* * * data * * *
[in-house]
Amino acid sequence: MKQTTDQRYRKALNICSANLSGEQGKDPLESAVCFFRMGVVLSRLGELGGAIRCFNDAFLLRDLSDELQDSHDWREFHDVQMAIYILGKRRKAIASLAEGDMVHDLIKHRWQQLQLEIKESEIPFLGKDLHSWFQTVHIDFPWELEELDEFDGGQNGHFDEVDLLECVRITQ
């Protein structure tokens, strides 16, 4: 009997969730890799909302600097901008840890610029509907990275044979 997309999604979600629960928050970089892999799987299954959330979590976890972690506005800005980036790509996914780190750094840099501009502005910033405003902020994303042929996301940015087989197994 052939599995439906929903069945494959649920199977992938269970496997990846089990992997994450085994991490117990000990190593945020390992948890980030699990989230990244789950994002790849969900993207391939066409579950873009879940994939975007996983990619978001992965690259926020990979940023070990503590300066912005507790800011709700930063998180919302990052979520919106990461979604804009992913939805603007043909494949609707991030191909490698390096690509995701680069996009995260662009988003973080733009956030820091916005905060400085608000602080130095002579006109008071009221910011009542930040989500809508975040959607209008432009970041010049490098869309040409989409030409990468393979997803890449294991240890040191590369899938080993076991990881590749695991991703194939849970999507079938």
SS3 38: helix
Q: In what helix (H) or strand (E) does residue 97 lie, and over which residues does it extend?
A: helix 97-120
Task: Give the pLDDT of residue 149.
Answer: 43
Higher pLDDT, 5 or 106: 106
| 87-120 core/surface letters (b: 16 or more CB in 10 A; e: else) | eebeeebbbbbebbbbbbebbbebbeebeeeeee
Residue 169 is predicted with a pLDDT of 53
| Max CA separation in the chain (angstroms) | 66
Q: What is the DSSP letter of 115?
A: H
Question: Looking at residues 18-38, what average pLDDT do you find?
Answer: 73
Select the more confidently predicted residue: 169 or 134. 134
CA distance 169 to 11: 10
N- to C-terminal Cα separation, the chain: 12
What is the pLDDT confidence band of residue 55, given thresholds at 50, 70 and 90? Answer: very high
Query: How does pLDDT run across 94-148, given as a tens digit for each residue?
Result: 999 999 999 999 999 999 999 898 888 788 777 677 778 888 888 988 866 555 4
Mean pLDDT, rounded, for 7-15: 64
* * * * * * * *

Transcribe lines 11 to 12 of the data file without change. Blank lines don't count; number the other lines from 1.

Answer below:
Residue 169 is predicted with a pLDDT of 53
| Max CA separation in the chain (angstroms) | 66